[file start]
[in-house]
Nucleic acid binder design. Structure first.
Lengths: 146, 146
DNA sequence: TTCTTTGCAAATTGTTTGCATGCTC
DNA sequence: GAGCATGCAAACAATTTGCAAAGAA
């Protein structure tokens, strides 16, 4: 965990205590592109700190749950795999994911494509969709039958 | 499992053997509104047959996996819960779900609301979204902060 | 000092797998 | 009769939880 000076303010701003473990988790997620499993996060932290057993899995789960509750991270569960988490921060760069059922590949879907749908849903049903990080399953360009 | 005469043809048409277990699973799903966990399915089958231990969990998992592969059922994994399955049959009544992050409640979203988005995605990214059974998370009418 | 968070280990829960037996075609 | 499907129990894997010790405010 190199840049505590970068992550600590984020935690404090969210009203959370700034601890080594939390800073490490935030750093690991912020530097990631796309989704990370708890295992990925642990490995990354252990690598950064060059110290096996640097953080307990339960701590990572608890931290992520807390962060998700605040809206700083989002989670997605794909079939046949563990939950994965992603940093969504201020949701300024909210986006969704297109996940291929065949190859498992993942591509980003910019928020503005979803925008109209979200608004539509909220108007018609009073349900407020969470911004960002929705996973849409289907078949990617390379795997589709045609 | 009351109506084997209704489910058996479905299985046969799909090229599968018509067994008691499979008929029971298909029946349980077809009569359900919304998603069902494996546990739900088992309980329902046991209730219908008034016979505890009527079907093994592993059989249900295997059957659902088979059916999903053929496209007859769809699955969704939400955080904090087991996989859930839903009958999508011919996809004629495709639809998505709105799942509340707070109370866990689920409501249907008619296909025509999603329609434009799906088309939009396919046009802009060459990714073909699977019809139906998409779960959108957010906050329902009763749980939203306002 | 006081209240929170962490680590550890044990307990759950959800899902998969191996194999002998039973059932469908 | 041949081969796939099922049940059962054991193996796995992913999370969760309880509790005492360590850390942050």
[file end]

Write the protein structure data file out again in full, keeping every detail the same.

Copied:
[in-house]
Nucleic acid binder design. Structure first.
Lengths: 146, 146
DNA sequence: TTCTTTGCAAATTGTTTGCATGCTC
DNA sequence: GAGCATGCAAACAATTTGCAAAGAA
């Protein structure tokens, strides 16, 4: 965990205590592109700190749950795999994911494509969709039958 | 499992053997509104047959996996819960779900609301979204902060 | 000092797998 | 009769939880 000076303010701003473990988790997620499993996060932290057993899995789960509750991270569960988490921060760069059922590949879907749908849903049903990080399953360009 | 005469043809048409277990699973799903966990399915089958231990969990998992592969059922994994399955049959009544992050409640979203988005995605990214059974998370009418 | 968070280990829960037996075609 | 499907129990894997010790405010 190199840049505590970068992550600590984020935690404090969210009203959370700034601890080594939390800073490490935030750093690991912020530097990631796309989704990370708890295992990925642990490995990354252990690598950064060059110290096996640097953080307990339960701590990572608890931290992520807390962060998700605040809206700083989002989670997605794909079939046949563990939950994965992603940093969504201020949701300024909210986006969704297109996940291929065949190859498992993942591509980003910019928020503005979803925008109209979200608004539509909220108007018609009073349900407020969470911004960002929705996973849409289907078949990617390379795997589709045609 | 009351109506084997209704489910058996479905299985046969799909090229599968018509067994008691499979008929029971298909029946349980077809009569359900919304998603069902494996546990739900088992309980329902046991209730219908008034016979505890009527079907093994592993059989249900295997059957659902088979059916999903053929496209007859769809699955969704939400955080904090087991996989859930839903009958999508011919996809004629495709639809998505709105799942509340707070109370866990689920409501249907008619296909025509999603329609434009799906088309939009396919046009802009060459990714073909699977019809139906998409779960959108957010906050329902009763749980939203306002 | 006081209240929170962490680590550890044990307990759950959800899902998969191996194999002998039973059932469908 | 041949081969796939099922049940059962054991193996796995992913999370969760309880509790005492360590850390942050």